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Monday 11 December 2017

Historic handshake: Queen meets Martin McGuinness

Queen Elizabeth arrives at the Lyric theatre for the historic handshake. Photo: Reuters
Tight security: A police sniper and spotter look out from the top of the roof of the Lyric Theatre as they wait for Queen Elizabeth to arrive. Photo: Getty Images
Historic handshake: Queen Elizabeth and Martin McGuinness
Queen Elizabeth II laying a wreath at the Garden of Remembrance in Dublin city centre, which honours all those who fought for Irish freedom from British rule. Photo: PA
Martin McGuinness in 1997. Photo: PA
Martin McGuinness and Peter Robinson with Scottish first minister Alex Salmond last week

QUEEN Elizabeth has shaken hands with Martin McGuinness in a gesture that means as much to the peace process as her groundbreaking visit to Ireland last year.

The British monarch and the North’s deputy first minister met briefly when the Queen visited a theatre in Belfast to view an art exhibition.



A television cameraman and stills photographer were allowed to capture the historic moment, but no members of the public were allowed within a mile of the venue as police imposed a total exclusion zone amid fears of a terrorist attack.



Mr McGuinness, as he held the monarch's hands for a few moments, spoke to her in Irish and told her the words meant: "Goodbye and God speed."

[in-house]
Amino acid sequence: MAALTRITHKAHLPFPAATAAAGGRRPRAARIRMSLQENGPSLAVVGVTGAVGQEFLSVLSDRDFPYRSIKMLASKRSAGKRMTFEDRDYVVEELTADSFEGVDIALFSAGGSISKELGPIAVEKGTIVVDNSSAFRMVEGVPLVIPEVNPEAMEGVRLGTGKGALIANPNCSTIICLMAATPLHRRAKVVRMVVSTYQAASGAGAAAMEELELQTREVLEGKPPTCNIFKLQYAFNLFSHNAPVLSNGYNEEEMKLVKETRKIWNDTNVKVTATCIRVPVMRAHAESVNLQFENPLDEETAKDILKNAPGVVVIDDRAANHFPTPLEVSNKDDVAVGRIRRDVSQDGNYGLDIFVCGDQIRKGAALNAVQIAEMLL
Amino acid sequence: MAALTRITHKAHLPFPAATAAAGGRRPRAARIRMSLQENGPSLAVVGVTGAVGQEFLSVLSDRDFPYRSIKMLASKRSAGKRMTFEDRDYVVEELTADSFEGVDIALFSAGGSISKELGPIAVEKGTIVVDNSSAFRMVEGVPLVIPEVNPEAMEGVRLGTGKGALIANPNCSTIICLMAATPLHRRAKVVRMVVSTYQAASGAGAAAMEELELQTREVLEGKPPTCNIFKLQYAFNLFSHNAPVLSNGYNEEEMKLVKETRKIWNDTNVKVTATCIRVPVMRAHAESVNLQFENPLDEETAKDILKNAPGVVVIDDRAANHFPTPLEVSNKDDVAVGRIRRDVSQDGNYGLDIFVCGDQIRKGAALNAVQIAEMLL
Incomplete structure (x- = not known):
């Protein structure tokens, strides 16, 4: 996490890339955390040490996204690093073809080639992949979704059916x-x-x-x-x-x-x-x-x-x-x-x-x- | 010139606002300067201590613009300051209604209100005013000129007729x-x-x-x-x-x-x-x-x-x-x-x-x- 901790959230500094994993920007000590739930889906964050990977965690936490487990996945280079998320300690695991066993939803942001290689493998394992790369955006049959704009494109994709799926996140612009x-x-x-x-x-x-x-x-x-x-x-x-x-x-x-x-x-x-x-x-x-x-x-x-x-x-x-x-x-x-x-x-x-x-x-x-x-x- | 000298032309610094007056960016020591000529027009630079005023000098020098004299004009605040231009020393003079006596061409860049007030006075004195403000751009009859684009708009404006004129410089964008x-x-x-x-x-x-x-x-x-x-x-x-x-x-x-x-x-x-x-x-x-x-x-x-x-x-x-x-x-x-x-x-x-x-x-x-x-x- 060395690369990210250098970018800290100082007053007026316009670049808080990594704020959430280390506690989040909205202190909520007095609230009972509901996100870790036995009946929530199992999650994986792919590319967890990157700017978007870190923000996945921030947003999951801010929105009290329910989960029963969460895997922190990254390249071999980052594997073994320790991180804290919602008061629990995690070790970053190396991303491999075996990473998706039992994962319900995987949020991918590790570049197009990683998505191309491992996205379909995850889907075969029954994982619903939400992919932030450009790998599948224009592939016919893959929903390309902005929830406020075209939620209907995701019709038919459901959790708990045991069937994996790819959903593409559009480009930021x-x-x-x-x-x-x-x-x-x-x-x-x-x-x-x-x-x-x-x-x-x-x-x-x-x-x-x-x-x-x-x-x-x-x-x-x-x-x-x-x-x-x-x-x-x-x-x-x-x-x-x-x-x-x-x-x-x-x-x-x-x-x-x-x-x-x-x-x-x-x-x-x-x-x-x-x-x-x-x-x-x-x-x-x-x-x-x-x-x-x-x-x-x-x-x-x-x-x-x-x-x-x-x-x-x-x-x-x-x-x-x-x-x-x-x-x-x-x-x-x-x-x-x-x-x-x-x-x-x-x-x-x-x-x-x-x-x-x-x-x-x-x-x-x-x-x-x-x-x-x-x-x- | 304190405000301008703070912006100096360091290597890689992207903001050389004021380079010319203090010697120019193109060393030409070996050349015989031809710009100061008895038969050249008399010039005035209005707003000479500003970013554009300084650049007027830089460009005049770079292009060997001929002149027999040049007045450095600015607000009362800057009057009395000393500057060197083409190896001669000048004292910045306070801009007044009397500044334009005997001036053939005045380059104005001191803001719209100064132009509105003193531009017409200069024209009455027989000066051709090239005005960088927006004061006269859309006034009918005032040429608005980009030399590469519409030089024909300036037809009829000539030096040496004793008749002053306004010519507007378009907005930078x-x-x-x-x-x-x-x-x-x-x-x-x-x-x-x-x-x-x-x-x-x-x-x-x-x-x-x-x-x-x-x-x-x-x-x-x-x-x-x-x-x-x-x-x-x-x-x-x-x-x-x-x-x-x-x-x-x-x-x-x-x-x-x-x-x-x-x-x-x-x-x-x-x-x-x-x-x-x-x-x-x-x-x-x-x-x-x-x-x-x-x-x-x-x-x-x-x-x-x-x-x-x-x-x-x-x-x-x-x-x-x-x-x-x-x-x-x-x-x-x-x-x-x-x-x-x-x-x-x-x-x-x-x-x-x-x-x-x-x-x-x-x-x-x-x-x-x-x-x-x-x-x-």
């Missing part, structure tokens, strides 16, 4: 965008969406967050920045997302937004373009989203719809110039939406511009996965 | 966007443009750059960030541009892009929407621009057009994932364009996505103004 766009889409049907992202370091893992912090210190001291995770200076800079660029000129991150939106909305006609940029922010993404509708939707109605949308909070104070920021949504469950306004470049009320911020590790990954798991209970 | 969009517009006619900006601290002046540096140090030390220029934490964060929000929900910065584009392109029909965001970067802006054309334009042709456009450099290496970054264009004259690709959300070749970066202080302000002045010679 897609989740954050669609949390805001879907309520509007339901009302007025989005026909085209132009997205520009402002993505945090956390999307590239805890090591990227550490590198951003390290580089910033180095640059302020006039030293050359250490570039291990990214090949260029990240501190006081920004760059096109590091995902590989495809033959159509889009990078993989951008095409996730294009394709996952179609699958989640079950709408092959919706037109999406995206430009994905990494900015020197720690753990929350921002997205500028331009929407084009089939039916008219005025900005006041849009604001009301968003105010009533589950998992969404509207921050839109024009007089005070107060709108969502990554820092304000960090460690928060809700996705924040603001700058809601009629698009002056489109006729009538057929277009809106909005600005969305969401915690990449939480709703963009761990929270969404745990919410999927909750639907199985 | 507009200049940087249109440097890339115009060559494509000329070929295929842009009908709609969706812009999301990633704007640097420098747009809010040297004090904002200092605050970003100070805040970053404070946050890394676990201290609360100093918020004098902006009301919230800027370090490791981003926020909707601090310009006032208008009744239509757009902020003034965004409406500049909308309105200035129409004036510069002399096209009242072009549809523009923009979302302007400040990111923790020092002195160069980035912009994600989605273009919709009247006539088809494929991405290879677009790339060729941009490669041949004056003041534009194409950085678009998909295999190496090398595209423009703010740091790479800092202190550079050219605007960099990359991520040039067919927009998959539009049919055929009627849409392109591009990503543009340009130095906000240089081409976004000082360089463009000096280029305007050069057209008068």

In stark contrast to the cheering crowds who greeted the Queen when she visited Enniskillen yesterday, the sovereign was driven through deserted streets in a bullet-proof car for the meeting with the Sinn Fein MP.



Sections of the nationalist community are vehemently opposed to the meeting between the Queen and Mr McGuinness.



The significance of the meeting can hardly be overstated; Mr McGuinness was allegedly a senior IRA commander at the time the terrorist group murdered Earl Mountbatten, a cousin of the Queen and uncle of the Duke of Edinburgh, in 1979, and for decades the Queen was a prime target for the IRA.



Mr McGuinness has said he had left the IRA by the time of Earl Mountbatten’s murder.



Politicians on both sides of the political divide have praised both the Queen and Mr McGuinness for their courage in going ahead with the meeting.



Some victims of IRA attacks believe it is wrong for the Queen to shake Mr McGuinness’s hand, while Mr McGuinness has been criticised by some republicans for engaging with the woman who symbolises British rule.



Overnight more than 100 protestors fought running battles with police in Belfast, throwing 21 petrol bombs and injuring nine officers.



Every vehicle was removed from the roads around the Lyric Theatre, and no pedestrians were allowed in or out of the one-mile exclusion zone.

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